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Which Way Does Your Parenting Pendulum Swing?

June 8, 2017

Not uncommon, people who were raised in homes marked by abusive behavior have made a vow to themselves to not behave similarly. Indeed they loathe even imagining themselves acting similarly.

Because of this, some parents actually swing their parenting pendulum too far in the other direction, afraid of being perceived as controlling if seeking to hold their children accountable to expectations.

As such they resort to begging and cajoling as a means to manage behavior only to have it ignored and defied by the child. As the begging and cajoling escalates against the child ignoring and defying, the parent then gets angry. Out of anger, the parent then lashes out and next feels shameful for actually engaging in the behavior they loathe.

This is a terrible conundrum for these very well-intentioned parents.

The challenge is to come to terms with a few things including;

  1. Being in control as the parent is not the same as being controlling. Of course you have to be in control, you are the parent and you must set expectations such as eating meals, bedtimes, cleanliness, homework, etc.;
  2. You cannot have your self-worth determined by the reaction of your child when being directive or establishing boundaries, limits and expectations. Many children will say the parent doesn’t love them, or are mean as a means to get out of a task or expectation. This is just their way of getting what they want and not a true reflection of how they feel about you;
  3. Your are not a bad person for losing it, you just need to learn more effective parenting strategies to effect compliance. Rather than begging or cajoling, there are many other ways to gain compliance to expectations and without having to negotiate everything;
  4. Compliance is not a dirty word; it just means that your kids listen. Just as when the teacher says, “get out your books”, there is no blame or shame connected with the directive and compliance is of course expected.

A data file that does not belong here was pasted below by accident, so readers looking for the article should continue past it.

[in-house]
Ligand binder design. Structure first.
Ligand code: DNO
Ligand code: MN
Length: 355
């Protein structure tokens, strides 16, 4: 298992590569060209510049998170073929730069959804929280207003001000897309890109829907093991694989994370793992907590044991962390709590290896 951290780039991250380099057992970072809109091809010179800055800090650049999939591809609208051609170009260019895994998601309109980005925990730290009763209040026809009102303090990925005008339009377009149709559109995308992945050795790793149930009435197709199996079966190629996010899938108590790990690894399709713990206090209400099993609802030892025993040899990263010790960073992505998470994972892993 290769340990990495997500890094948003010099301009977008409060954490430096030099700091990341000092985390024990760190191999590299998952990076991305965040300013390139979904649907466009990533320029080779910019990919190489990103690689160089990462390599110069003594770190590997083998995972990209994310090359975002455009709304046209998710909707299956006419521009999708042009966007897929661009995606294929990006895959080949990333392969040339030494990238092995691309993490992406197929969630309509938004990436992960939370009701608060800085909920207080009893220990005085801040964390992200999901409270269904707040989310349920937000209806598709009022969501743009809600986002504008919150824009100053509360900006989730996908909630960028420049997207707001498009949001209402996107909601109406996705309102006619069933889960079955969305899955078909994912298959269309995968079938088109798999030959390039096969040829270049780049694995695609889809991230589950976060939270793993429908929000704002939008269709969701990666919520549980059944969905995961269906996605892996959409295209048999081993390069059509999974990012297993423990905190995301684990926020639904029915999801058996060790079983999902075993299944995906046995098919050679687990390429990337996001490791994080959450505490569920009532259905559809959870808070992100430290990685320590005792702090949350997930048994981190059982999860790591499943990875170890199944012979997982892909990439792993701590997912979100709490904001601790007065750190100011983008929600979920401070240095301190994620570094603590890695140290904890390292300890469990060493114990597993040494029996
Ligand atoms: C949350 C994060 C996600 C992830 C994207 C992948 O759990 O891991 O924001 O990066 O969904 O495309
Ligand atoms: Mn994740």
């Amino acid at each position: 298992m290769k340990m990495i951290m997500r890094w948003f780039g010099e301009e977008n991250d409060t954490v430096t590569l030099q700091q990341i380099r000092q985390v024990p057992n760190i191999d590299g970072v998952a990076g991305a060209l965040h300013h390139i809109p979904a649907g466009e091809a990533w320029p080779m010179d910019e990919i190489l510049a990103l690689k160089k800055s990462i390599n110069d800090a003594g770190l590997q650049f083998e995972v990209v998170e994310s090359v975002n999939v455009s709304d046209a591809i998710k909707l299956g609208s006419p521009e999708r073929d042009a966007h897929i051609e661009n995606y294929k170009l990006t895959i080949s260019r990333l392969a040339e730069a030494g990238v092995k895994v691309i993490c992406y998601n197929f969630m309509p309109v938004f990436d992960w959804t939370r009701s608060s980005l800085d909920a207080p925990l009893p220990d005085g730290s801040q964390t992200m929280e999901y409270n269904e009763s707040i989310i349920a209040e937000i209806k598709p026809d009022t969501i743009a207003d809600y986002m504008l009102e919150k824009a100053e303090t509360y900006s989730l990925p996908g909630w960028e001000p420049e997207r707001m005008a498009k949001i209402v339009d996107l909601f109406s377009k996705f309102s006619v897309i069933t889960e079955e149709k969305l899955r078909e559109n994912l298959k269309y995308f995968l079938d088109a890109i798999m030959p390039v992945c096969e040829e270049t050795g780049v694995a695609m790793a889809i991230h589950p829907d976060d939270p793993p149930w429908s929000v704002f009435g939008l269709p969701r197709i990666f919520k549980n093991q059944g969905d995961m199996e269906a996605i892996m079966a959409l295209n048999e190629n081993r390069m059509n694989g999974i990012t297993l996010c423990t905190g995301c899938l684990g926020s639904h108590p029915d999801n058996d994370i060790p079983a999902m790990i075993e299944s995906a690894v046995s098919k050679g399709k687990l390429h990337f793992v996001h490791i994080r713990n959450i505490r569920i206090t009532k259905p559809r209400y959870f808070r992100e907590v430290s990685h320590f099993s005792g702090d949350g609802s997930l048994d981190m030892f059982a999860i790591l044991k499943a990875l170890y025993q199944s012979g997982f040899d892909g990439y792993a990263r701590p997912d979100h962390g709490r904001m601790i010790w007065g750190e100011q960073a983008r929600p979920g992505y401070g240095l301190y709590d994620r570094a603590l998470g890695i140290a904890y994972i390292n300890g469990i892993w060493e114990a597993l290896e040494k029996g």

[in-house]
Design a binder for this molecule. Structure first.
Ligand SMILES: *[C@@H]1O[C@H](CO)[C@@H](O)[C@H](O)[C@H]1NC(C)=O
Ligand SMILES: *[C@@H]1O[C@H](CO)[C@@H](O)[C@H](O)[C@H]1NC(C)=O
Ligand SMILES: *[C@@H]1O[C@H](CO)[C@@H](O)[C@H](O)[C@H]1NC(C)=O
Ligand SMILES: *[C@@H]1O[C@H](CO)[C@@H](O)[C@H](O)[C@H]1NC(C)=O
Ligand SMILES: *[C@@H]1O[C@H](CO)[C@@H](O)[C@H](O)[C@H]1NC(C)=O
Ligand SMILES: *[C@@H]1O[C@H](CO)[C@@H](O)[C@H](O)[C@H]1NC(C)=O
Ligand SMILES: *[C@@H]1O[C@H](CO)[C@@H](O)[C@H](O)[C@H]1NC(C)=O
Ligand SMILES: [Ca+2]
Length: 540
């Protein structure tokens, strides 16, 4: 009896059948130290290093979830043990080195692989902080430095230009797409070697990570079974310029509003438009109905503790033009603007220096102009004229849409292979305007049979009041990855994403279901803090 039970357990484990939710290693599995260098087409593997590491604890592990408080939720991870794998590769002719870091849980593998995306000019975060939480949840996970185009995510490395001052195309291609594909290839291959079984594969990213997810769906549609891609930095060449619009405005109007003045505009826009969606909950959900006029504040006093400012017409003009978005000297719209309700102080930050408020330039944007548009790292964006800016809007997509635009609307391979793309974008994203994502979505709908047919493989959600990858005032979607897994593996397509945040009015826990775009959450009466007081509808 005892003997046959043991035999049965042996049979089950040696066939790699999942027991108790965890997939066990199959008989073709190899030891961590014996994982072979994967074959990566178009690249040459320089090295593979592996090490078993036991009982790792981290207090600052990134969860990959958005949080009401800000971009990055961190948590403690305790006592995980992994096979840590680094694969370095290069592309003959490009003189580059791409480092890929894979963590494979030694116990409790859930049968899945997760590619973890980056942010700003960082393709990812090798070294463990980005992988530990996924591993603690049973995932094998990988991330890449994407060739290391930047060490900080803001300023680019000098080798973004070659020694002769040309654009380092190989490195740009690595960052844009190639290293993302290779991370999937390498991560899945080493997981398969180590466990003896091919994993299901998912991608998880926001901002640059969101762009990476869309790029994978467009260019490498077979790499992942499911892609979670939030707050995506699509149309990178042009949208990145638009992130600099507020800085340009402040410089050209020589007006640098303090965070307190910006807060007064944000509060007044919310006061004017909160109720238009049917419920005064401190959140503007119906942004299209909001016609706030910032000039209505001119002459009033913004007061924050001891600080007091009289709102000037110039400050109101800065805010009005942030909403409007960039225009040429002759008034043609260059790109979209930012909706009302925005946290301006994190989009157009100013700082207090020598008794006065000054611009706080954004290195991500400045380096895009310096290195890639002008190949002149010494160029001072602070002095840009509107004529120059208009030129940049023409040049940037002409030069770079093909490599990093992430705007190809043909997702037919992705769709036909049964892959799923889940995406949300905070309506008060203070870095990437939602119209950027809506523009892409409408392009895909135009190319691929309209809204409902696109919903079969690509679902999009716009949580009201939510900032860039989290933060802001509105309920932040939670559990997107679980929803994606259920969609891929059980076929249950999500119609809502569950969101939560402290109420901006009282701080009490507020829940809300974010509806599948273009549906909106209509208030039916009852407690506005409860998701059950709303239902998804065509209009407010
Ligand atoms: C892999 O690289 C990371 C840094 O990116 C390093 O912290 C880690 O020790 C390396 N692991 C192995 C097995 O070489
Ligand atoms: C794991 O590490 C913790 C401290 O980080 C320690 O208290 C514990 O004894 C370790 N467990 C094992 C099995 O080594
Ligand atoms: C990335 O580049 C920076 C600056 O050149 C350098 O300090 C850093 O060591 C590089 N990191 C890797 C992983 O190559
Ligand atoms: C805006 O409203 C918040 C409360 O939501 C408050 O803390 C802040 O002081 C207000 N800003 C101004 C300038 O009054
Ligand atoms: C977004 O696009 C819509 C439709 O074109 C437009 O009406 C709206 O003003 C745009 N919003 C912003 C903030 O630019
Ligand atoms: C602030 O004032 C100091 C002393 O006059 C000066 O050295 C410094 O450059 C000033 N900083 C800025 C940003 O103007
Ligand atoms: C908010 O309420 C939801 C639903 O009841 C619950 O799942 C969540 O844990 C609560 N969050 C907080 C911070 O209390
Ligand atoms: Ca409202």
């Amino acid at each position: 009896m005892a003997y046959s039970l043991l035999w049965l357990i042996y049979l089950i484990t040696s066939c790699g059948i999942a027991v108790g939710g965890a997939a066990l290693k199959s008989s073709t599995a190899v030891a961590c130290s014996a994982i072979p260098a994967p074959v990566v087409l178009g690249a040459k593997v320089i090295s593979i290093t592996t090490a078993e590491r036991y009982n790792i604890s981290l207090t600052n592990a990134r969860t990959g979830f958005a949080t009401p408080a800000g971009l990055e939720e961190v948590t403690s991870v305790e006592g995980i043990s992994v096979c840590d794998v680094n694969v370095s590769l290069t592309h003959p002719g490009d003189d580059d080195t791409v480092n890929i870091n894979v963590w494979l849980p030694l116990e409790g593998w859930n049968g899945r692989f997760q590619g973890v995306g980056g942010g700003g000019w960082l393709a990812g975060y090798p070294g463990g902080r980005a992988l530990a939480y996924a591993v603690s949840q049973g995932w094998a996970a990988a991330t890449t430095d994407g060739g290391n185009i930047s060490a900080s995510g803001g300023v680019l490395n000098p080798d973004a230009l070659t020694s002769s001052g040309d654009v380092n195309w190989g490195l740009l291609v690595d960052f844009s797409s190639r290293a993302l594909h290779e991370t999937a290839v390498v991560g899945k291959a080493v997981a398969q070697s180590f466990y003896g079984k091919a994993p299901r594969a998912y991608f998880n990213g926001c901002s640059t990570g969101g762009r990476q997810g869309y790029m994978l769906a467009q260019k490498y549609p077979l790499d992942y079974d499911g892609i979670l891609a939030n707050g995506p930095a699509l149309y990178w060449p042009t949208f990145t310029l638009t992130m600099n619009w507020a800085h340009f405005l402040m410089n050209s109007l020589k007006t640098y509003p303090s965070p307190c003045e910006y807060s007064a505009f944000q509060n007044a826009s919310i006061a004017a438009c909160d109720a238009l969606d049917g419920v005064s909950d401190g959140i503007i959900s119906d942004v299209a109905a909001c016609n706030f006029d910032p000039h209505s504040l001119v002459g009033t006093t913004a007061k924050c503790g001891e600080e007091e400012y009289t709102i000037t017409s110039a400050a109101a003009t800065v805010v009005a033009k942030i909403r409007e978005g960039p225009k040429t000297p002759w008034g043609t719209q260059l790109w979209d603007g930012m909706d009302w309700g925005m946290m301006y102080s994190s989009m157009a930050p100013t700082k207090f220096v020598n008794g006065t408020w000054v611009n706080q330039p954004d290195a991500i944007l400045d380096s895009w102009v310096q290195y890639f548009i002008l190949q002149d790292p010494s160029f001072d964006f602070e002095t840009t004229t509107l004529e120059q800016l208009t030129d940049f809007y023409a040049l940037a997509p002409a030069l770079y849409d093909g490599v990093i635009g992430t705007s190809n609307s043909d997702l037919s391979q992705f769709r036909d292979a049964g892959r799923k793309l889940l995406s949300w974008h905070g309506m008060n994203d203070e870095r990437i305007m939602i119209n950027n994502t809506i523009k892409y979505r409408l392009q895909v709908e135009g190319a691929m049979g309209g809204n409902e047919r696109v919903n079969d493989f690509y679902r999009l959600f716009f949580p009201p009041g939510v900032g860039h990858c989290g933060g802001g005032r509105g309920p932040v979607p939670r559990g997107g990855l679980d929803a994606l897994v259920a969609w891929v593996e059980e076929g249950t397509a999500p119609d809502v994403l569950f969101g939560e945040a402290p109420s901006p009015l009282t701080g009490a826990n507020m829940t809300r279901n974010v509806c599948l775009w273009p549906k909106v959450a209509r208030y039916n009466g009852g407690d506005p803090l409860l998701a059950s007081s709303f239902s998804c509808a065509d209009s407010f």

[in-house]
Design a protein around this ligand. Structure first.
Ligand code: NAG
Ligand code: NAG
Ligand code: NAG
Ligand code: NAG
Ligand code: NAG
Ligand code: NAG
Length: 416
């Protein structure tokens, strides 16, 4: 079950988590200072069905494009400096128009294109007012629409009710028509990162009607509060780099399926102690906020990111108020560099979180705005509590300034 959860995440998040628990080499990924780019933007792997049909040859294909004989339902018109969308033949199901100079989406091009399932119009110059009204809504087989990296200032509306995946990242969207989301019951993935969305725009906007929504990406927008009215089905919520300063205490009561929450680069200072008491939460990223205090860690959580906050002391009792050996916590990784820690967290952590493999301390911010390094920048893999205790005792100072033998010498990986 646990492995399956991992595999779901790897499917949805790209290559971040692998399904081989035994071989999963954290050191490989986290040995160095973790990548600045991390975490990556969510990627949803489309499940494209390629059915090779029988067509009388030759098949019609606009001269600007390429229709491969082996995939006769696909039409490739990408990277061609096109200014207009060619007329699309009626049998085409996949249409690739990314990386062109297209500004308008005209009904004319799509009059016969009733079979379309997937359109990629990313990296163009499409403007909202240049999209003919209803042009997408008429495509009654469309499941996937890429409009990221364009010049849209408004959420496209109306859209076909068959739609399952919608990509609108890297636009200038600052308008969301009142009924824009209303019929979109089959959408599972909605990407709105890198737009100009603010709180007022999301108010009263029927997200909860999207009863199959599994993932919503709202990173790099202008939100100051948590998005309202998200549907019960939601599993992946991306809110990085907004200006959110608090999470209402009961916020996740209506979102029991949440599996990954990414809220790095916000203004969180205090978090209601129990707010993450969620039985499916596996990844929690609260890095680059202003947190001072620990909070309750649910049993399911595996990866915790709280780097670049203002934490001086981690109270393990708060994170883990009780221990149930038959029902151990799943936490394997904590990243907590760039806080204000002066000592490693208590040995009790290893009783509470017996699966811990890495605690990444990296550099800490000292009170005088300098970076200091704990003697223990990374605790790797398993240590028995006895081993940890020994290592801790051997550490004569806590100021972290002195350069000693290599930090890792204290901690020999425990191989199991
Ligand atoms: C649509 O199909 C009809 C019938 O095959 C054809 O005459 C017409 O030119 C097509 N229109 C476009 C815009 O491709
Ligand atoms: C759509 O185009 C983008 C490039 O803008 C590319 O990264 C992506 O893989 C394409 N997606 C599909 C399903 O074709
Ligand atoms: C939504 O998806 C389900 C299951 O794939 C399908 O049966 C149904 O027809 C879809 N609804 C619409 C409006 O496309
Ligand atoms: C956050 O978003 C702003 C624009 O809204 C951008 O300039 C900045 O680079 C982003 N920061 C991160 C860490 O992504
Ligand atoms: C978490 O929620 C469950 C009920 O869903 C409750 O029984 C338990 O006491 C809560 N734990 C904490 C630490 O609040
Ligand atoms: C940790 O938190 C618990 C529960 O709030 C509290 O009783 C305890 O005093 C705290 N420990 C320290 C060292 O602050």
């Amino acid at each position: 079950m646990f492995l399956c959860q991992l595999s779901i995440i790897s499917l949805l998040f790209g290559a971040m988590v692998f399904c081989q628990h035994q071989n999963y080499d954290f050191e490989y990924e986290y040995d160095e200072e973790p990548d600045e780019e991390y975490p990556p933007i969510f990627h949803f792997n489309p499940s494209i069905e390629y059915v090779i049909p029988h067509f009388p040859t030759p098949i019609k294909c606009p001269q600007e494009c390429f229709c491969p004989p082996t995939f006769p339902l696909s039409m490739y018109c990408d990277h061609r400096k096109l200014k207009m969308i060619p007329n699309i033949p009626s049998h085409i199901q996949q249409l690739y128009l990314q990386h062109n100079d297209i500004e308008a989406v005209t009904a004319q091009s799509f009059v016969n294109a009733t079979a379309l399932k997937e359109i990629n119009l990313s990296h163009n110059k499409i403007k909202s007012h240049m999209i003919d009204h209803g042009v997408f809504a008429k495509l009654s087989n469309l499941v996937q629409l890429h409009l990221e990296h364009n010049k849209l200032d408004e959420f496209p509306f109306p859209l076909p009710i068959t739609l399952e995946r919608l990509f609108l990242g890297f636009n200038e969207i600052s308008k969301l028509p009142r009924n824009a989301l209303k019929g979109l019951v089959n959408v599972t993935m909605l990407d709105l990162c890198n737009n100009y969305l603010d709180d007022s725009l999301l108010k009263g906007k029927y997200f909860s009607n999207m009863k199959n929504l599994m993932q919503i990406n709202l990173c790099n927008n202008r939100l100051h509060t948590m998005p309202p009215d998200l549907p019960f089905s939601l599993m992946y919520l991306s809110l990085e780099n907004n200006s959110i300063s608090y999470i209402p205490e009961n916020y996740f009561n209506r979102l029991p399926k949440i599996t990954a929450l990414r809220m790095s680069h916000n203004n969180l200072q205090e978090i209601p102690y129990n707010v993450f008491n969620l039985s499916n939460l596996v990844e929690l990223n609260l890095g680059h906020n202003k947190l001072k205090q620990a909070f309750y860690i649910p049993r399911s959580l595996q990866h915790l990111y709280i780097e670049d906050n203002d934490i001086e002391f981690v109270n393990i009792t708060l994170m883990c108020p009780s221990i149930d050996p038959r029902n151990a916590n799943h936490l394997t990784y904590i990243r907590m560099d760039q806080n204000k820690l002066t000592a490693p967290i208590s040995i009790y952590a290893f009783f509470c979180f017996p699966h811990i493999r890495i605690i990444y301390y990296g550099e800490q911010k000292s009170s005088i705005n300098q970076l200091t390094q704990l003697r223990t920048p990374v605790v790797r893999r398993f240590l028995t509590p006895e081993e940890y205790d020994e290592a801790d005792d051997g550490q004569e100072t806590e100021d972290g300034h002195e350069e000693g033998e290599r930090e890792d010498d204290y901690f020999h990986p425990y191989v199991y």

If you are struggling with managing a child’s behavior, please do seek help. It may be connected to your experience of how you were parented as a child, even though you may not realize it.

Counseling can uncover those hidden unrealized issues and teach new strategies to help you achieve your goal of being a great parent.

I help parents with this regularly.

I am Gary Direnfeld and I am a social worker. Check out all my services and then call me if you need help with a personal issue, mental health concern, child behavior or relationship, divorce or separation issue. I am available in person and by Skype.

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Gary Direnfeld, MSW, RSW

gary@yoursocialworker.com
http://www.yoursocialworker.com

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Gary Direnfeld is a social worker. Courts in Ontario, Canada, consider him an expert in social work, marital and family therapy, child development, parent-child relations and custody and access matters. Gary is the host of the TV reality show, Newlywed, Nearly Dead, parenting columnist for the Hamilton Spectator and author of Marriage Rescue: Overcoming the ten deadly sins in failing relationships. Gary maintains a private practice in Dundas and Georgina Ontario, providing a range of services for people in distress. He speaks at conferences and workshops throughout North America.

If your relationship is faltering, then set it as your priority.

Read: Marriage Rescue: Overcoming ten deadly sins in failing relationships.

3 Comments
  1. Also, those traumatized unconsciously recreate their trauma. This seems not often recognized. Such sadly difficult issues, su much hurt passed from generation to generation.

  2. It seems since the 1970s many parents have opted not to do things they felt were not good for them. Sometimes we can go over the top in the other direction. Mostly, I think parents have come a long way. There, unfortunately, are still many situations and families where abuse occurs.

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